Top Crop Manager

News
US Committee approves ‘final’ farm bill provisions

Members of the House-Senate conference committee approved the major elements of the new US farm bill last Thursday (May 1) bringing an end to a long ordeal. Agricultural research, beginning farmers, natural resources and hungry families are all well supported by the bill says a statement issued by the Agriculture Committee staff.


May 5, 2008
By deltafarmpress.com

May 2, 2008

Is the long, national ordeal over the 2007…
oops, now the 2008 farm bill nearing an end?

That’s
what farm leaders were wondering as members of a House-Senate conference
committee approved the major elements of the new law during a meeting Thursday
night (May 1).

The
action came after the House and Senate voted to extend the current law until
May 16 to allow staff members to work through finalizing the few remaining
issues and obtain Congressional Budget Office scoring of the farm bill’s
provisions.

“Today’s
adoption of all major elements of the new farm bill brings us within a few
steps of the finish line,” said Sen. Tom Harkin, D-Iowa, chairman of the Senate
Committee on Agriculture, Nutrition and Forestry and chair of the House-Senate
farm bill conference committee.

“This
bill provides support for everything from agricultural research and beginning
farmers to protecting our natural resources and helping to feed hungry
families,” he said in a statement issued by the Agriculture Committee staff.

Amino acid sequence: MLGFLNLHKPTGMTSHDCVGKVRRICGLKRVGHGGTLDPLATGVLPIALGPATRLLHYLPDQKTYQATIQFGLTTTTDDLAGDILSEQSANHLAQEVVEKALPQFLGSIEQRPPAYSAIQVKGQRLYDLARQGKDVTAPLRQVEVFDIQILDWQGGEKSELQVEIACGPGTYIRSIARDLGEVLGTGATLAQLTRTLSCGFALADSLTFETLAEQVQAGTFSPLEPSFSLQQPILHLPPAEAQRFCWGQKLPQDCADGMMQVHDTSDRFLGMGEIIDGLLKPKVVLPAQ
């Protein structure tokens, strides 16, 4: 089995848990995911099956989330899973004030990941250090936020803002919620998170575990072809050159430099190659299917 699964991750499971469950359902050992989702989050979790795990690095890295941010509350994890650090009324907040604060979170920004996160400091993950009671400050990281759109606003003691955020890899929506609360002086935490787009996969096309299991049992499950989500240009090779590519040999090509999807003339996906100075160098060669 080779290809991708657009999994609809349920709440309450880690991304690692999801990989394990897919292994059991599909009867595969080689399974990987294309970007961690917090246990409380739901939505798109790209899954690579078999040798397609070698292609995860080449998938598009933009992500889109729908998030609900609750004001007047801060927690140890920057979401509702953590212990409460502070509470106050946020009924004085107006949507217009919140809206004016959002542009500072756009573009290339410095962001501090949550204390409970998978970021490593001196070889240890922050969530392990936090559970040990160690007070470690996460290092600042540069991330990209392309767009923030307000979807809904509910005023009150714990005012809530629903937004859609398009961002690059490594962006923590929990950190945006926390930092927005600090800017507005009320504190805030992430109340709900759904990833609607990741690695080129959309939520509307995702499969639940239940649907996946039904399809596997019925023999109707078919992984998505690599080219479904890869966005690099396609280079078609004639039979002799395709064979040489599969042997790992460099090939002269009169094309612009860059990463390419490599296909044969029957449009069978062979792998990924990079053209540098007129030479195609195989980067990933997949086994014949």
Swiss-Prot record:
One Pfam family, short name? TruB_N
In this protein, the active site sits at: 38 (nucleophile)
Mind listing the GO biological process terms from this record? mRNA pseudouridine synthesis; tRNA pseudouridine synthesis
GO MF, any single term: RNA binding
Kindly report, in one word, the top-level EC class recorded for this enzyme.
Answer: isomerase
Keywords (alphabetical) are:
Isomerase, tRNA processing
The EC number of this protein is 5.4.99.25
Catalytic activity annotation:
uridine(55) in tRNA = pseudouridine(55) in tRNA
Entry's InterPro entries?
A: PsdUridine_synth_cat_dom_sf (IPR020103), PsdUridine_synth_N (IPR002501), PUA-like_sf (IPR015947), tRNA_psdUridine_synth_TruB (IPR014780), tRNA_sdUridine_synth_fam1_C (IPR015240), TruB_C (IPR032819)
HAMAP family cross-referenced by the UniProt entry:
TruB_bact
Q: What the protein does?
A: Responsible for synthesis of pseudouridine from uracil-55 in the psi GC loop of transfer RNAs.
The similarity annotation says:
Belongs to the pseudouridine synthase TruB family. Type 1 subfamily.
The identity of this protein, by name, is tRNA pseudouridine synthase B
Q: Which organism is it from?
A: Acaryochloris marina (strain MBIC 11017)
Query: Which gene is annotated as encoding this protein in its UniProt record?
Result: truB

“It looks to the future in renewable energy production, and it ensures farmers
have the income protection they need.”

Harkin
said conference committee members believe their bill, which must be voted on by
the full House and Senate, will be one President Bush could sign despite his
statements during a White House press conference early this week.

Sen.
Saxby Chambliss, R-Ga., the ranking member of the Senate Agriculture Committee,
met with the president Thursday to discuss Bush’s objections. Following the
meeting, Chambliss told reporters the president expressed “philosophical”
objections to the spending and payment limit reforms in the new farm bill, but
was noncommittal on whether he would sign a bill.

Harkin
said the farm bill approved Thursday night contained the following highlights:

Commodities
Title:

The
bill includes a newly named Producer Income Protection title that continues
basic features of the 2002 bill, which farmers have thought worked well, and it
gives producers a new option, beginning with the 2010 crop year, to choose to
participate in a state-level revenue protection system.